MORGANTOWN - The rude reality of college football is that it's governed in part by a prickly paradox. Defensive line is the most difficult position to recruit, but defensive line play is most critical to a team's success. A defense can ruin an offense's best designs by invading the backfield and deconstructing blocking schemes with just three or four players up front.
They can do it themselves, or they can make life wonderfully easier on the players behind them.
That said, the competition among so many schools for so few impact kids makes it extraordinarily difficult to get those players in a dormitory at your favorite school.
This is not news at West Virginia, which has had a few players grow into very good and sometimes professional quality defensive linemen in the past several years, but really hasn't been especially skilled at recruiting big-time talent there.
With the new defense in place for 2012 and new coaches on hand to teach it, there remains that constant concern: Can WVU recruit the defensive line?
Erik Slaughter, the firstyear defensive line coach who spent the previous three years at Stephen F. Austin and last year helped the Lumberjacks lead the nation with 4.36 sacks per game, will scour his recruiting region. He'll comb the football fields in Orlando and the west coast of Florida, but also allow the Mountaineers to think nationally.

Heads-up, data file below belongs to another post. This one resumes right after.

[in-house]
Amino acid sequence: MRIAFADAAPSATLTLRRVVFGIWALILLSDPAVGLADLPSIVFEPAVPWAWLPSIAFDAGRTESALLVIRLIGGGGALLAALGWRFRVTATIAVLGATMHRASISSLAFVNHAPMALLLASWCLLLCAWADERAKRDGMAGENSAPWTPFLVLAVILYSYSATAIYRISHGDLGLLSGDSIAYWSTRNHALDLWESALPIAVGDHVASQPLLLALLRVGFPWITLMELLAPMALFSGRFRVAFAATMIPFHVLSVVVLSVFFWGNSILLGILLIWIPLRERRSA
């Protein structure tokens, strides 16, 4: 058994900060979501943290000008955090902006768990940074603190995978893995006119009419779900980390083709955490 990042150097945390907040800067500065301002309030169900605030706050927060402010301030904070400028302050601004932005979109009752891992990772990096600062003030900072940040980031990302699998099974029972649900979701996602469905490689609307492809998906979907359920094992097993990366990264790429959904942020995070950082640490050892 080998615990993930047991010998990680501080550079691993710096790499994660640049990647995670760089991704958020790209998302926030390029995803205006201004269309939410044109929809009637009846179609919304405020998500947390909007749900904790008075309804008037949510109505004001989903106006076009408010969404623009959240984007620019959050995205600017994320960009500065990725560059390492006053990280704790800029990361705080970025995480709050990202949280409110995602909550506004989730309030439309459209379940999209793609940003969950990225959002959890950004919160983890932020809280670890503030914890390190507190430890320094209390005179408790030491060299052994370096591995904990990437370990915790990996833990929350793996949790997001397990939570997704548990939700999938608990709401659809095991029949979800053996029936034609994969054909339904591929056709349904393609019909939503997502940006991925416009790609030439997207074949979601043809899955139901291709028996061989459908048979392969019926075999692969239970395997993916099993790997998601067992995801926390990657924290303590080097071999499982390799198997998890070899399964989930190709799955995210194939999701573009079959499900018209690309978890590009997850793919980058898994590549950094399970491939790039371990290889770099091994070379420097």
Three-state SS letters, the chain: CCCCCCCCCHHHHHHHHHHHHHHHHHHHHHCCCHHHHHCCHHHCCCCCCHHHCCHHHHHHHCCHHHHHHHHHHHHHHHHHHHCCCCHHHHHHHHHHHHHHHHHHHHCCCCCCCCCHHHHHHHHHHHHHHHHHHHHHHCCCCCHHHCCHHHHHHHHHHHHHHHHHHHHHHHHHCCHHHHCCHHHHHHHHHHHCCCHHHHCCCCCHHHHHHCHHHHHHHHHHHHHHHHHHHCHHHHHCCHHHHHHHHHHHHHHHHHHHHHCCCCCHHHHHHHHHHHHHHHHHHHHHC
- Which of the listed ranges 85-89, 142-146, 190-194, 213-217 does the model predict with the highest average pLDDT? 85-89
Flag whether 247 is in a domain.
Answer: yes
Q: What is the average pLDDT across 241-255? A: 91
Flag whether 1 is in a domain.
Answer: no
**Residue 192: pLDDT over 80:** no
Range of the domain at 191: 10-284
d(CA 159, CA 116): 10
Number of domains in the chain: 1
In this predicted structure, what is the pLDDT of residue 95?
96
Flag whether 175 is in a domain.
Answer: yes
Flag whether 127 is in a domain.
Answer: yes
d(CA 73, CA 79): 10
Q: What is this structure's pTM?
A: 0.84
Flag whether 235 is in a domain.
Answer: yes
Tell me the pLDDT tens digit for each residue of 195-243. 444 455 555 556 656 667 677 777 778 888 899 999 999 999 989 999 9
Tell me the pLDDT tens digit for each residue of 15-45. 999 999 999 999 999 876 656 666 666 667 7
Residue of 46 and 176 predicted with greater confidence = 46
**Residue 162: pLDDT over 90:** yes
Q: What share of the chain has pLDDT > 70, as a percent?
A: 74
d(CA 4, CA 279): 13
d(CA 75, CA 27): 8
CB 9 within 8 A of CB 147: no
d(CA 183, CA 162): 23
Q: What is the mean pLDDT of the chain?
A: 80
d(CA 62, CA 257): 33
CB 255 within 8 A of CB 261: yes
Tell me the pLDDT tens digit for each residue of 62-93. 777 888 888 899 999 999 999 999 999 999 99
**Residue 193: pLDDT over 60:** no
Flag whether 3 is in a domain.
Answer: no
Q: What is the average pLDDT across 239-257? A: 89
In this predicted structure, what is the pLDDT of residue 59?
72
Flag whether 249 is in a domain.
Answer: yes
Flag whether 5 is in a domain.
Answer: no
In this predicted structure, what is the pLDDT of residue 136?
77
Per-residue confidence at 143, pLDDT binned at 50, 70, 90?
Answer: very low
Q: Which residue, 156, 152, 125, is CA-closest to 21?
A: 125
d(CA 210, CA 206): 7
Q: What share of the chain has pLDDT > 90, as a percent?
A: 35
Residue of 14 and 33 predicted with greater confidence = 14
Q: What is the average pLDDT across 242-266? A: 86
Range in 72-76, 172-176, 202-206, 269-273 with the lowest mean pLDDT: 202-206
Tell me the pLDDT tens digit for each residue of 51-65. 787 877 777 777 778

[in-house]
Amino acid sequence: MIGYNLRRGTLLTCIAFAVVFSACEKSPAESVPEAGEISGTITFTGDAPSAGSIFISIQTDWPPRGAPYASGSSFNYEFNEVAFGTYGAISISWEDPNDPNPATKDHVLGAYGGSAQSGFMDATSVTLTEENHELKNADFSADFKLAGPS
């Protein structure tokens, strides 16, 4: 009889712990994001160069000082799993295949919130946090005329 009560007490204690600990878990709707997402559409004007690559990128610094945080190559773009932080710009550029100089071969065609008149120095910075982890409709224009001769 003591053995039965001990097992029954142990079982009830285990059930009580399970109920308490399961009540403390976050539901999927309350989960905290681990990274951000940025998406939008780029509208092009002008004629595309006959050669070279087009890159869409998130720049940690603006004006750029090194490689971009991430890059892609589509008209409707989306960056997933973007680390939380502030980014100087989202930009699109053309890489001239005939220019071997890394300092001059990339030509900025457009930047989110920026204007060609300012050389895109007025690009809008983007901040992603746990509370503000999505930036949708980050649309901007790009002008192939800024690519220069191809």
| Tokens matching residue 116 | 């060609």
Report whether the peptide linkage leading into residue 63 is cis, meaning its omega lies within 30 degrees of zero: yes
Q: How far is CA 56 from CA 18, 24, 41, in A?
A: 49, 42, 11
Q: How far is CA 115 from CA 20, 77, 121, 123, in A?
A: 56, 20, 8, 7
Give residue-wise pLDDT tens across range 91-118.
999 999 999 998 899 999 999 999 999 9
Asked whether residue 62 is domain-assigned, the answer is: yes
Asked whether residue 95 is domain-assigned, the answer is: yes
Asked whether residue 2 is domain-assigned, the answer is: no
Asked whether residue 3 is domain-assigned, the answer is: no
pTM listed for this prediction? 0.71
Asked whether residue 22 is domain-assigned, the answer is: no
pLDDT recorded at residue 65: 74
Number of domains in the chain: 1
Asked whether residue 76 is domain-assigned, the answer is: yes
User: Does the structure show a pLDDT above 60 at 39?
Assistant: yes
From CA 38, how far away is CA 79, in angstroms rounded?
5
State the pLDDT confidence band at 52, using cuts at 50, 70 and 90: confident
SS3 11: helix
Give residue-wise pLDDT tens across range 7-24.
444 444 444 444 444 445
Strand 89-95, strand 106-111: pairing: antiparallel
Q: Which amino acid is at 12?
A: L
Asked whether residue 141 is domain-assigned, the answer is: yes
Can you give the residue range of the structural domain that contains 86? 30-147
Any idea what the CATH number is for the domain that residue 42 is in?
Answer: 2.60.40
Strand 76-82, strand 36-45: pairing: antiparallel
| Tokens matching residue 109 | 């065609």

Truth be told, though, the future of the line may already be on campus.
A year ago, Kyle Rose was a 230-pound freshman defensive end who redshirted and then put on the freshman 15 for himself and two others.
Today, he's a 6-foot-4 inch, 275-pound defensive tackle.
He is the new visage of WVU defensive linemen, if not in person, then in profile.
"It's hard to find really good defensive linemen who are ready to play as young guys," Slaughter said. "What I always try to do is get guys with height and the ability to run.
"What I know about college life is a guy is always going to get bigger. He's going to grow up and be heavier. He's not going to get taller or faster most of the time. I want as many fast, tall guys as I can get."
A few schools can find the few recruits who are physically and mentally prepared to play in the torturous trenches.
Those are the gems of any recruiting class, and the precious stones belong to a precious few schools.
WVU is a lot of things, but it is not LSU or Alabama or anyone else among the recruiting royalty that makes that particular hard task look so easy.
Slaughter gets that.
"Those schools get the guys who are ready-made," he said. "The rest are either big enough and can't move well enough or move well enough but aren't big enough to play.
I want guys who are tall enough to grow to where they can handle themselves. If you get a 6-foot guy who can move, how much bigger is he going to get? If you get a 6-5 guy who can move, he can put weight on."